IDEAS home Printed from https://ideas.repec.org/
MyIDEAS: Login to save this paper or follow this series

The Ins and Outs of Unemployment: The Ins Win

  • Michael R. Darby

    (UCLA)

  • John C. Haltiwanger

    (UCLA)

  • Mark W. Plant

    (UCLA)

This paper develops a framework for analyzing unemployment in terms of variations in the nt.imber and distribution of people becoming unemployed and in individual probabilities of leaving unemployment. Contrary to the emphasis on exit probabilities in the recent macroeconomics literature, we present empirical evidence in support of the proposition that changes in the size and distribution of the inflow Into unemployment are the primary determinant of the unemployment rate. Instead of falling at the beginning of a recession, the outflow rate rises (with a lag) in response to the increased inflows which drive the recession. In contrast to normal unemployment, cyclical unemployment is concentrated in groups with low normal exit probabilities; so the observed procyclical variation in the average exit probability may largely he explained by predictable distributional effects.

(This abstract was borrowed from another version of this item.)

If you experience problems downloading a file, check if you have the proper application to view it first. In case of further problems read the IDEAS help page. Note that these files are not on the IDEAS site. Please be patient as the files may be large.

File URL: http://www.econ.ucla.edu/workingpapers/wp411.pdf
Download Restriction: no

Paper provided by UCLA Department of Economics in its series UCLA Economics Working Papers with number 411.

as
in new window

Length:
Date of creation: 01 Jun 1986
Date of revision:
Handle: RePEc:cla:uclawp:411
Contact details of provider: Web page: http://www.econ.ucla.edu/

References listed on IDEAS
Please report citation or reference errors to , or , if you are the registered author of the cited work, log in to your RePEc Author Service profile, click on "citations" and make appropriate adjustments.:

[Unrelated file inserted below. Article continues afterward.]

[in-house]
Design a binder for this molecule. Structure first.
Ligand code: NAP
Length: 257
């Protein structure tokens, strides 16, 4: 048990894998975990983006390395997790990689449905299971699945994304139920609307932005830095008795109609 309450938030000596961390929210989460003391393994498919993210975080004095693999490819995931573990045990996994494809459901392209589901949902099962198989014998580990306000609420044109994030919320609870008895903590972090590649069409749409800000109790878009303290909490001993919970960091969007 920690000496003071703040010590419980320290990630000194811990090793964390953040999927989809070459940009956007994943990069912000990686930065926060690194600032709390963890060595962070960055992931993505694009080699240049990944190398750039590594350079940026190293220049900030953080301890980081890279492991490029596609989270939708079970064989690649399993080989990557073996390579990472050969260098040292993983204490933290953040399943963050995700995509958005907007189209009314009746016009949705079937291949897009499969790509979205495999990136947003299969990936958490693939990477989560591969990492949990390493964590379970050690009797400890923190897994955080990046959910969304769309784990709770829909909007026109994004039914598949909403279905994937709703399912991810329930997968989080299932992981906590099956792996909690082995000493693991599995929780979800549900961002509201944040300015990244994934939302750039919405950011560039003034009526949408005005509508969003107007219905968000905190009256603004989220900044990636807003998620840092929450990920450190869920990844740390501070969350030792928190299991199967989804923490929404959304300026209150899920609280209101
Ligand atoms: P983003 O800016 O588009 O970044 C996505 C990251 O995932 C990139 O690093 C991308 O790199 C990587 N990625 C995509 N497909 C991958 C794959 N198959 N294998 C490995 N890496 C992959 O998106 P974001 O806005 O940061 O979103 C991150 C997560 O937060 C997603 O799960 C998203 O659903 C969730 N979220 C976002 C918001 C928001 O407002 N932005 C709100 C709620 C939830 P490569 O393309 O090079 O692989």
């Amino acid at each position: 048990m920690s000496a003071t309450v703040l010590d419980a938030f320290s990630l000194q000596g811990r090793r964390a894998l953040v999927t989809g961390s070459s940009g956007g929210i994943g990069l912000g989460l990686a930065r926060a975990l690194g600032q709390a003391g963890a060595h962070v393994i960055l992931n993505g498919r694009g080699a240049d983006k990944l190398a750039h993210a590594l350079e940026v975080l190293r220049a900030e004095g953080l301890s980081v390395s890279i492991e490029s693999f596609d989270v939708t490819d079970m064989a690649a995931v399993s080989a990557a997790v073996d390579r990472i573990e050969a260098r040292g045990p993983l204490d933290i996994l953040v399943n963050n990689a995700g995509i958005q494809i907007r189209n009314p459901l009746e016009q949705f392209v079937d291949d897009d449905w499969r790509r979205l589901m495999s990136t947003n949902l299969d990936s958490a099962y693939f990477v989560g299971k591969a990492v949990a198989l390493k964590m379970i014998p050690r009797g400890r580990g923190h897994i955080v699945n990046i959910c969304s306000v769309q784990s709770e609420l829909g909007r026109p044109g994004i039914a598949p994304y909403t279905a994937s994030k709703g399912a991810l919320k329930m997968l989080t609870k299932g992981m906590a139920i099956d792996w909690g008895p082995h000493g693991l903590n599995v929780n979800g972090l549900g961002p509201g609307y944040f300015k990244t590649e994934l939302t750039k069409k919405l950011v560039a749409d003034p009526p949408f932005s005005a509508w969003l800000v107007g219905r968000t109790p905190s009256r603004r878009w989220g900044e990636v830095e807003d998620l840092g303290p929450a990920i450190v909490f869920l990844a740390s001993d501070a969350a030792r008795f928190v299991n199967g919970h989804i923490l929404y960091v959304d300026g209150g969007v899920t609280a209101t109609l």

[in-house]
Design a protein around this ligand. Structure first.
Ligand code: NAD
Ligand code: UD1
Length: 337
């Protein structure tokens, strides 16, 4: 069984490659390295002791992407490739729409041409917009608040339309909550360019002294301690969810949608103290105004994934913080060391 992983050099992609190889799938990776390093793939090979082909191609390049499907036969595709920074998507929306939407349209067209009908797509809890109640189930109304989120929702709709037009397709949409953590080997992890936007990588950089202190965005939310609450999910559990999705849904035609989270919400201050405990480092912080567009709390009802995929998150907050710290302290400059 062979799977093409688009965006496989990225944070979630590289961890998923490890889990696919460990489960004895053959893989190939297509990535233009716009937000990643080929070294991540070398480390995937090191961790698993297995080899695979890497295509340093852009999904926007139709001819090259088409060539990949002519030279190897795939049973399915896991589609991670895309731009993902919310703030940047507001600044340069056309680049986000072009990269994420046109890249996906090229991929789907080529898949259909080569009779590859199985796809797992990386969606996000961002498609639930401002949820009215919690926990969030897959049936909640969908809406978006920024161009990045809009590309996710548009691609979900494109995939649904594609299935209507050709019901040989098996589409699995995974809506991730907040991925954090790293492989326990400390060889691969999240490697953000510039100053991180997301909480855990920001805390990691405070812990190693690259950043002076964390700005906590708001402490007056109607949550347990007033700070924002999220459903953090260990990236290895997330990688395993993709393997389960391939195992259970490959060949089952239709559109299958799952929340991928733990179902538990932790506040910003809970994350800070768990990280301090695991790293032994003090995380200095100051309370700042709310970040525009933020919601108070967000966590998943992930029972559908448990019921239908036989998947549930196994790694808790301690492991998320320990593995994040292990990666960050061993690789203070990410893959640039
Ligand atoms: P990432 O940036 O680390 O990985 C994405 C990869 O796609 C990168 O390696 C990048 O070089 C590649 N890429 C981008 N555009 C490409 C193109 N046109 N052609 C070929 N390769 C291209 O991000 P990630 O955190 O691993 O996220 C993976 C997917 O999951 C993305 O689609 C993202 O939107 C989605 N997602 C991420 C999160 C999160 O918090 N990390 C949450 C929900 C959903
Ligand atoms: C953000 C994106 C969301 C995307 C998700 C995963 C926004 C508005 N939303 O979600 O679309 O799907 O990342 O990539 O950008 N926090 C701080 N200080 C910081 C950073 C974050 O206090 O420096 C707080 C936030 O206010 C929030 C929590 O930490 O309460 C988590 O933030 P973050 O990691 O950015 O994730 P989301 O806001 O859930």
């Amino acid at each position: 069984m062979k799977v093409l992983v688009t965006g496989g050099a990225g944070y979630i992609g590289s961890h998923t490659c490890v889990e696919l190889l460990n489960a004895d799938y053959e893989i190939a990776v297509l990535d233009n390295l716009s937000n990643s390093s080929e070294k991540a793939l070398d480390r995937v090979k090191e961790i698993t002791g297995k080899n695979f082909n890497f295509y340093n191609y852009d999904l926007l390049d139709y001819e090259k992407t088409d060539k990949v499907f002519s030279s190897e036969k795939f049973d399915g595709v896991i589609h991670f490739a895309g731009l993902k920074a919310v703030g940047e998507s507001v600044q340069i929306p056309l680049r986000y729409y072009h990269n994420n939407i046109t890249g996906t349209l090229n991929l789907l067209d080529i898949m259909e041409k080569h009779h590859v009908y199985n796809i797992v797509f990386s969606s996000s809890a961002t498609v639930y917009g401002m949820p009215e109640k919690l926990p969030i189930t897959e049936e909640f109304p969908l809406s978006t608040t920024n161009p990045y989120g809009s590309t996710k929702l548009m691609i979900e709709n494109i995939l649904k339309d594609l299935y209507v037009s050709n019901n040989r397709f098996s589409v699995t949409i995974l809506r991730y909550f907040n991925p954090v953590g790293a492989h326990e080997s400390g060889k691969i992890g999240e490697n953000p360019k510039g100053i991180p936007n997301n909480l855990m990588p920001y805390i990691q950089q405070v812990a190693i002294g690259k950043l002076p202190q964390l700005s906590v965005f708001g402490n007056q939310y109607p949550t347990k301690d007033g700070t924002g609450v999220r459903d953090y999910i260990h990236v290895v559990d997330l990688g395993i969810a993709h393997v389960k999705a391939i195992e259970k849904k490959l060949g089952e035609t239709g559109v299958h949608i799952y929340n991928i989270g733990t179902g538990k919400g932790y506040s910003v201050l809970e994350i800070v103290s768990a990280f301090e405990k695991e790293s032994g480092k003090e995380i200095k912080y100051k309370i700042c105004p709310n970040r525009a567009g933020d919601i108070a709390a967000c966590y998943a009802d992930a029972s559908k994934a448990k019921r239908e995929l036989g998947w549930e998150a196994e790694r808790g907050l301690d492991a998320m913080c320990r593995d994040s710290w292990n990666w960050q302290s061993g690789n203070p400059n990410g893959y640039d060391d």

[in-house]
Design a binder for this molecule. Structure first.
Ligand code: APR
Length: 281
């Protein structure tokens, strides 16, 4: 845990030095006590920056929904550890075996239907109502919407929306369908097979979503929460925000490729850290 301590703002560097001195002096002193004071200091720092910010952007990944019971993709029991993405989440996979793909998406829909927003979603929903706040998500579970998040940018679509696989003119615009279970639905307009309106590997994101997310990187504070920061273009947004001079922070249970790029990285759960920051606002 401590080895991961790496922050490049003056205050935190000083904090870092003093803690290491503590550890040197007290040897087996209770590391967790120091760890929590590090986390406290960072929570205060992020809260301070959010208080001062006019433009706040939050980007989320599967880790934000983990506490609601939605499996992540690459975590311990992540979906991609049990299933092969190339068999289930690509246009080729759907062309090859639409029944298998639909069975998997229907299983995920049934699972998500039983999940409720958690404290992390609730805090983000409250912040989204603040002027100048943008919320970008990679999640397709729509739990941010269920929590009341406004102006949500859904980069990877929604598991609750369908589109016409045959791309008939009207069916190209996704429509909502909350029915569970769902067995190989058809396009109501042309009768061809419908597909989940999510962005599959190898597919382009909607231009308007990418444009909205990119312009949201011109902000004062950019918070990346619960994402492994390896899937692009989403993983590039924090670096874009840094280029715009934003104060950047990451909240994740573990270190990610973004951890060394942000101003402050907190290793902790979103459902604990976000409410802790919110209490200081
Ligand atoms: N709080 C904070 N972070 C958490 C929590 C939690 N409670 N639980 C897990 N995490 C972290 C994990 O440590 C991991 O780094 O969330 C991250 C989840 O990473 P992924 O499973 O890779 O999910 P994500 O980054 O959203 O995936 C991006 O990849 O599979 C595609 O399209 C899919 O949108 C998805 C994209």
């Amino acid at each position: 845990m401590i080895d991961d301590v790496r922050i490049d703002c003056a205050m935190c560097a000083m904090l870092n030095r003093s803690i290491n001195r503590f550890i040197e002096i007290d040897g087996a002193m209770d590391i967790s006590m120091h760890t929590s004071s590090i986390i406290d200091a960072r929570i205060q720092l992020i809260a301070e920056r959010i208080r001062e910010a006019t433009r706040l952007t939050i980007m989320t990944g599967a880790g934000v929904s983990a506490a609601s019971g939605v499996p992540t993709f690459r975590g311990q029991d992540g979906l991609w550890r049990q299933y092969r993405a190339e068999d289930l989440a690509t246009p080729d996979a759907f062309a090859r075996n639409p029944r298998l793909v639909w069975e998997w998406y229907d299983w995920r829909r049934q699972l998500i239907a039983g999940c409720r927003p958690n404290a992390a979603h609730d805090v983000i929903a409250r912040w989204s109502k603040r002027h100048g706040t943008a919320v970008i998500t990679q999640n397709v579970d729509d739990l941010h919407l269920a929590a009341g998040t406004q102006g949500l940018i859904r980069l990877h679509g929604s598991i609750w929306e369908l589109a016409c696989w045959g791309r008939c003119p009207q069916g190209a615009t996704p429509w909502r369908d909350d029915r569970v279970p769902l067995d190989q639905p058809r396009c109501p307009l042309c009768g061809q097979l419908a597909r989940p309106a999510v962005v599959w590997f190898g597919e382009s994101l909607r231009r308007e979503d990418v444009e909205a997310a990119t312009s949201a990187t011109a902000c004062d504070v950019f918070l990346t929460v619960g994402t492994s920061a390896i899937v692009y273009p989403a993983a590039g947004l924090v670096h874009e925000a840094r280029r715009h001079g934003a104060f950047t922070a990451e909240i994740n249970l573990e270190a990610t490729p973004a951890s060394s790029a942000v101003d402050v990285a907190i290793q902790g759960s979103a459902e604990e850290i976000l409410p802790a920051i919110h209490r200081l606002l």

as in new window
  1. Lilien, David M, 1982. "Sectoral Shifts and Cyclical Unemployment," Journal of Political Economy, University of Chicago Press, vol. 90(4), pages 777-93, August.
  2. Darby, Michael R & Haltiwanger, John C & Plant, Mark W, 1985. "Unemployment Rate Dynamics and Persistent Unemployment under Rational Expectations," American Economic Review, American Economic Association, vol. 75(4), pages 614-37, September.
  3. Abowd, John M & Zellner, Arnold, 1985. "Estimating Gross Labor-Force Flows," Journal of Business & Economic Statistics, American Statistical Association, vol. 3(3), pages 254-83, June.
  4. A. S. Blinder & S. Fischer, 1978. "Inventories, Rational Expectations, and the Business Cycle," Working papers 220, Massachusetts Institute of Technology (MIT), Department of Economics.
  5. Heckman, James J & Borjas, George J, 1980. "Does Unemployment Cause Future Unemployment? Definitions, Questions and Answers from a Continuous Time Model of Heterogeneity and State Dependence," Economica, London School of Economics and Political Science, vol. 47(187), pages 247-83, August.
  6. John Haltiwanger, 1985. "Inventories, Multiperiod Implicit Contracts, and the Dynamic Behavior if the Firm Under Uncertainty," UCLA Economics Working Papers 374, UCLA Department of Economics.
  7. James M. Poterba & Lawrence H. Summers, 1984. "Adjusting the Gross Changes Data: Implications for Labor Market Dynamics," NBER Working Papers 1436, National Bureau of Economic Research, Inc.
  8. Topel, Robert H, 1982. "Inventories, Layoffs, and the Short-Run Demand for Labor," American Economic Review, American Economic Association, vol. 72(4), pages 769-87, September.
  9. Burdett, Kenneth & Ondrich, Jan I, 1985. "How Changes in Labor Demand Affect Unemployed Workers," Journal of Labor Economics, University of Chicago Press, vol. 3(1), pages 1-10, January.
  10. Grossman, Sanford J & Hart, Oliver D, 1983. "Implicit Contracts under Asymmetric Information," The Quarterly Journal of Economics, MIT Press, vol. 98(3), pages 123-56, Supplemen.
Full references (including those not matched with items on IDEAS)

This item is not listed on Wikipedia, on a reading list or among the top items on IDEAS.

When requesting a correction, please mention this item's handle: RePEc:cla:uclawp:411. See general information about how to correct material in RePEc.

For technical questions regarding this item, or to correct its authors, title, abstract, bibliographic or download information, contact: (Tim Kwok)

If you have authored this item and are not yet registered with RePEc, we encourage you to do it here. This allows to link your profile to this item. It also allows you to accept potential citations to this item that we are uncertain about.

If references are entirely missing, you can add them using this form.

If the full references list an item that is present in RePEc, but the system did not link to it, you can help with this form.

If you know of missing items citing this one, you can help us creating those links by adding the relevant references in the same way as above, for each refering item. If you are a registered author of this item, you may also want to check the "citations" tab in your profile, as there may be some citations waiting for confirmation.

Please note that corrections may take a couple of weeks to filter through the various RePEc services.

This information is provided to you by IDEAS at the Research Division of the Federal Reserve Bank of St. Louis using RePEc data.